My husband and I have prayed together from the very beginning of our marriage, and even while we were dating. From the time we were serious about each other, prayer came naturally. We hold hands and pray together at every meal, whether at home or at a restaurant, and every night before we fall asleep. There are even times when he calls me from work to ask for prayer for a particularly difficult situation one of his clients is facing.
But I know this is not the case for many husbands and wives. It saddens my heart to read statistics such as this from Dennis Rainey at Family Life,
Surveys at our FamilyLife Marriage Conferences indicate that less than 8 percent of all couples pray together on a regular basis. I suspect that less than 5 percent of all Christian couples pray together daily.
Less than 5 percent of all Christian couples pray together daily. That is hard to believe.
When prayer is a direct line to the Creater of the Universe who holds all of the answers for every problem that we face, how can we as Christian couples not run to Him in prayer? How can a marriage stand in this society of ours without going to the Father in prayer?
I know this is a very sensitive topic for many because one or the other of the couple would like for prayer to be at the center of their marriage. Often it is the wife who wants to pray with her husband, but her husband seems unwilling.
As the spiritual leader of the home, it is natural that the husband should take this responsibility and run with it, but many husbands are not taught how to be the spiritual leader of the home, and quite frankly, some women don’t truly allow their husband to be the spiritual leader, but that’s a topic for another post.
I admire the women at Marriage Monday who will be writing on this topic today, and I am sure that many will have amazing testimonies of how God has brought about a change in their marriage through prayer. Since my marriage has had prayer at its foundation, I don’t know of any other way to have a marriage – nor do I want to find out.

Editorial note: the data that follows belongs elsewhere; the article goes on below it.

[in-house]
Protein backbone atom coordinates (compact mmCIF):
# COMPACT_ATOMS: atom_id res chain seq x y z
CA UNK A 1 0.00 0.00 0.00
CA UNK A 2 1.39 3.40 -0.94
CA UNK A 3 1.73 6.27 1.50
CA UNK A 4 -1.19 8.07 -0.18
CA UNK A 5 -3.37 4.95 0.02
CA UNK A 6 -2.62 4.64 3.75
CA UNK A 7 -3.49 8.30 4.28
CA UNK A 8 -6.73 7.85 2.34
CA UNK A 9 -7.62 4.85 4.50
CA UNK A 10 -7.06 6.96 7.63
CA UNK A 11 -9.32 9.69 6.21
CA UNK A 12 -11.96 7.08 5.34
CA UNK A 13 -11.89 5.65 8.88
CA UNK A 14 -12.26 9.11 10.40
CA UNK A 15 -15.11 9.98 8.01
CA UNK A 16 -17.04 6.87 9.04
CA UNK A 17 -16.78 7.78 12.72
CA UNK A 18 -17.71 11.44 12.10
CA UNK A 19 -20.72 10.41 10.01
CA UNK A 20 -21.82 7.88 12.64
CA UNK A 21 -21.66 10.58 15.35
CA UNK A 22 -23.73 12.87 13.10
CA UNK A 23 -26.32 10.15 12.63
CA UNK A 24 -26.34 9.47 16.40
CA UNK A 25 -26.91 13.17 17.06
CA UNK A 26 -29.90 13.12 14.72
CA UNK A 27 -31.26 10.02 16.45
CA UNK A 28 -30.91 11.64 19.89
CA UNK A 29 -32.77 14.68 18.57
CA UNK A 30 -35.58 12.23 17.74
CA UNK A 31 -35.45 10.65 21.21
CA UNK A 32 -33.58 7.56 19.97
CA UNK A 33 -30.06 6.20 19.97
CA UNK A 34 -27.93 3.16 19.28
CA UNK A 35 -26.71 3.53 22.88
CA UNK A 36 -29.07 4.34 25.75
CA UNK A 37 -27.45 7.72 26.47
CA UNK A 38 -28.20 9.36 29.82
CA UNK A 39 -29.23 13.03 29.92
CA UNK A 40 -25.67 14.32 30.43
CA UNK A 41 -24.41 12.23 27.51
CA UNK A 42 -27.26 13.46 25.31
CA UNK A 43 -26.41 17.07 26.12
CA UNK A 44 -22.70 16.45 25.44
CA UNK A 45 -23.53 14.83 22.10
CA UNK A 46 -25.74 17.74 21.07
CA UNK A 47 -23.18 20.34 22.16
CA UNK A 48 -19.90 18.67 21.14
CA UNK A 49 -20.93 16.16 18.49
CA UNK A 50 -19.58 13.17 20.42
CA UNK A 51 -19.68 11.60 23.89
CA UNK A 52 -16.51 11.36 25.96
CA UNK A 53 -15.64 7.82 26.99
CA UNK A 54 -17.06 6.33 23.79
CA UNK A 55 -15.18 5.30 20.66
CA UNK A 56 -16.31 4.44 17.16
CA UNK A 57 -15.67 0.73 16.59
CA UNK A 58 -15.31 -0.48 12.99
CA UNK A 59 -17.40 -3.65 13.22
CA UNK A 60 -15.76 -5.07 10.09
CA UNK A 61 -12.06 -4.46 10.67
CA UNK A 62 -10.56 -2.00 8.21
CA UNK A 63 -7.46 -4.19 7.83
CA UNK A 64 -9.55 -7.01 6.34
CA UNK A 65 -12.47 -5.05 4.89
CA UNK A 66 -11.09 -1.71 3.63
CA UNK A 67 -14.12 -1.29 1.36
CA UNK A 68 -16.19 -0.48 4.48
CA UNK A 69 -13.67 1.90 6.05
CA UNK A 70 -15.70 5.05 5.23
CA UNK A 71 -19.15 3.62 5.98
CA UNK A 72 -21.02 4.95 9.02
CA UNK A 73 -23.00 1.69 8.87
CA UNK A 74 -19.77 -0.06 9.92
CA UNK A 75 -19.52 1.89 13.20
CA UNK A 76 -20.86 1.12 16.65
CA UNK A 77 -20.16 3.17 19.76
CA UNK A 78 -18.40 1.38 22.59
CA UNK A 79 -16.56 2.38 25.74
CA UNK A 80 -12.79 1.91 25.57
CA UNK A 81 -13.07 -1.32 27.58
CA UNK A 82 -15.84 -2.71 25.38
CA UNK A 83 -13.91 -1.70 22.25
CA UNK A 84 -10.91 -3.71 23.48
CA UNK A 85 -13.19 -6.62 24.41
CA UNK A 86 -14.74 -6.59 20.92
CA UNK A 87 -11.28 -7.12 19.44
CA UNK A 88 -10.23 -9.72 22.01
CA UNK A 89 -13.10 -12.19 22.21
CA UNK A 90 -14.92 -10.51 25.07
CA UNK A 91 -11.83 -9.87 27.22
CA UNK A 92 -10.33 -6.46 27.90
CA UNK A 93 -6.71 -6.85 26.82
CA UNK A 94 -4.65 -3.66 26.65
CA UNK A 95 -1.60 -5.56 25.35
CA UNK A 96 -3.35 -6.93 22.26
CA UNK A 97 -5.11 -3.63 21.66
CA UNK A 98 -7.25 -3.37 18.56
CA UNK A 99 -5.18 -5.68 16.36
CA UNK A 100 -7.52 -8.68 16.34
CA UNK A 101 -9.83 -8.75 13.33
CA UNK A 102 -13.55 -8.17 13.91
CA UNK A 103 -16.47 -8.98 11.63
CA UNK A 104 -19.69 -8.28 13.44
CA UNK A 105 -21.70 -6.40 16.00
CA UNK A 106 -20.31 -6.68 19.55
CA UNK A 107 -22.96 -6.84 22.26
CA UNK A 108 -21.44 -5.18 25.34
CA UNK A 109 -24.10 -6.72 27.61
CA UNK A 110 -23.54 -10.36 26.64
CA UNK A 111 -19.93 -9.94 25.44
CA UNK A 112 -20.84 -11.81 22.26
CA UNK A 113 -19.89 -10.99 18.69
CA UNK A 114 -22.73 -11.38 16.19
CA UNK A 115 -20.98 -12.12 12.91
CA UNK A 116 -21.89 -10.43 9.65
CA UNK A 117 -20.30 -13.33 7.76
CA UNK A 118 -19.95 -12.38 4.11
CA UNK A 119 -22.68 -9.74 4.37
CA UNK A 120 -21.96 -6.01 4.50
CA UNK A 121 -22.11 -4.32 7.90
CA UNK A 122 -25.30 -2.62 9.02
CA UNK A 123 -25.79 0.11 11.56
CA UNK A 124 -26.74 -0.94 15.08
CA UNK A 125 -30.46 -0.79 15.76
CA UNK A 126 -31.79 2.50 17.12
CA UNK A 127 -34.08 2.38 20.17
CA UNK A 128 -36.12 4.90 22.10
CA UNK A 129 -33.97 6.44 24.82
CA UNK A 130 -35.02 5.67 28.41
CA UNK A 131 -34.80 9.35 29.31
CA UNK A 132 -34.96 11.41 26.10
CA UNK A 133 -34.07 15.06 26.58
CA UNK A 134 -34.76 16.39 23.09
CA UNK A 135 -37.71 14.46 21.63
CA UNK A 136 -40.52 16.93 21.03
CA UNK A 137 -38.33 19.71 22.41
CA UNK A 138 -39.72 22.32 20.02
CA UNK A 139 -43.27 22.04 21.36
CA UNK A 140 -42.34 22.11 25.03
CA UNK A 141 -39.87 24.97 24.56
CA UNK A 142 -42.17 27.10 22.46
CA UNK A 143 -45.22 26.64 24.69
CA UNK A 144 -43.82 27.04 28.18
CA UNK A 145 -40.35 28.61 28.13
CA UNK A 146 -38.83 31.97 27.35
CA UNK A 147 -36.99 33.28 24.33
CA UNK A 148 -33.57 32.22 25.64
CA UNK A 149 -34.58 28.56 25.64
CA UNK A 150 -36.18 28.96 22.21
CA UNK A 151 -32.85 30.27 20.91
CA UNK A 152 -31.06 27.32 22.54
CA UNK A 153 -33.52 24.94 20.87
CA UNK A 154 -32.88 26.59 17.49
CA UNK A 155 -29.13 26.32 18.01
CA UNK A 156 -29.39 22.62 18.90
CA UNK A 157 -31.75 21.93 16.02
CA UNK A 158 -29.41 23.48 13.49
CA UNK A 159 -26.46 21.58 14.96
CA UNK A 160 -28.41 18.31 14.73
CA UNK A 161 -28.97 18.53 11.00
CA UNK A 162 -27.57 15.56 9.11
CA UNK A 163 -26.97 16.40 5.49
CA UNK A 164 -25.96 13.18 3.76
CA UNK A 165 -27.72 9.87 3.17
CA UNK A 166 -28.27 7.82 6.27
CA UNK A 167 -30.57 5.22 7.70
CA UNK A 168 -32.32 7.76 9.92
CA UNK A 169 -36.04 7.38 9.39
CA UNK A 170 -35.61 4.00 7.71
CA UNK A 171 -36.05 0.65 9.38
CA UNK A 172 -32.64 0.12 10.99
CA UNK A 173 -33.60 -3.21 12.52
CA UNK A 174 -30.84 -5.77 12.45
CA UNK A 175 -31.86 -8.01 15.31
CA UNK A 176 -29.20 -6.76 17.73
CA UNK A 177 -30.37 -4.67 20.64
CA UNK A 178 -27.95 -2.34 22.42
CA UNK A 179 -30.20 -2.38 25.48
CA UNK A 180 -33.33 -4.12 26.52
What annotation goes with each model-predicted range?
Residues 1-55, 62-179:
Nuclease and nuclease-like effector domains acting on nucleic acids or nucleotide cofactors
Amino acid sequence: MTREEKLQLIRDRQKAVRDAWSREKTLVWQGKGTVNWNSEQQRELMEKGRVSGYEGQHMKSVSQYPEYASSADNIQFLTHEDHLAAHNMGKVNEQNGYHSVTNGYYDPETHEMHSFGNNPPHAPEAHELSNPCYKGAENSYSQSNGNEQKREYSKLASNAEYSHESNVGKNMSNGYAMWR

Without cajoling or ridiculing or pouting, here are some ideas to help women help their husbands in this matter of praying together without disrespecting your husband’s role as spiritual leader.
First, talk to your husband about your desire to pray together. He just might surprise you and be ready and willing to start.
If he is a bit uncertain, suggest one or more of these nonthreatening ways to get started.
- Sit beside each other in church, move the kids to one side or the other so you and your husband can actually sit together, and gently hold your husband’s hand or hook your arm in his when anyone prays during the service. This physical connection will help to cement the spiritual connection of prayer.
- Ask your husband what the biggest challenge is he is facing at work or in some other life situation and tell him daily that you are praying for him. Be specific in what you are praying. Are you praying for strength to face it, for wisdom to know how to respond, for a change in what appears to be the outcome, etc.?
- Tell your husband about something you are facing and ask him to pray for you. Be specific in your request. Feel free to tell him how you are seeing God work in this situation, but do not ask him if he is praying for you. This will only make him feel that you do not trust him.
- If your husband is open to praying together but is conscientious about praying out loud, spend time together in silent prayer, again holding hands to strengthen your bond. If he is open, ask him to read a scripture or a short devotion before praying. Reading God’s word before praying offers a glimpse into the throne room of heaven.
- If your husband is open to praying out loud together but does not feel adequate or is self-conscious about you hearing him pray, start with a book of prayer, such as A Prayerbook for Husbands and Wives: Partners in Prayer, by Ruthanne and Walter Wangerin, Jr. These structured prayers for the many seasons of your marriage will help both of you get into the Word and get used to hearing your voices lifted together in prayer.
- Most of all, if your husband will not pray with you, you still must pray for your husband and for your marriage. His lack of interest or desire in this area is not an excuse for you to not pray; it is a reason all the more for you to be fervent in prayer so the enemy does not get a stronghold.
Yours for the celebration of life,
There are many wonderful books on prayer. Find one that meets your needs.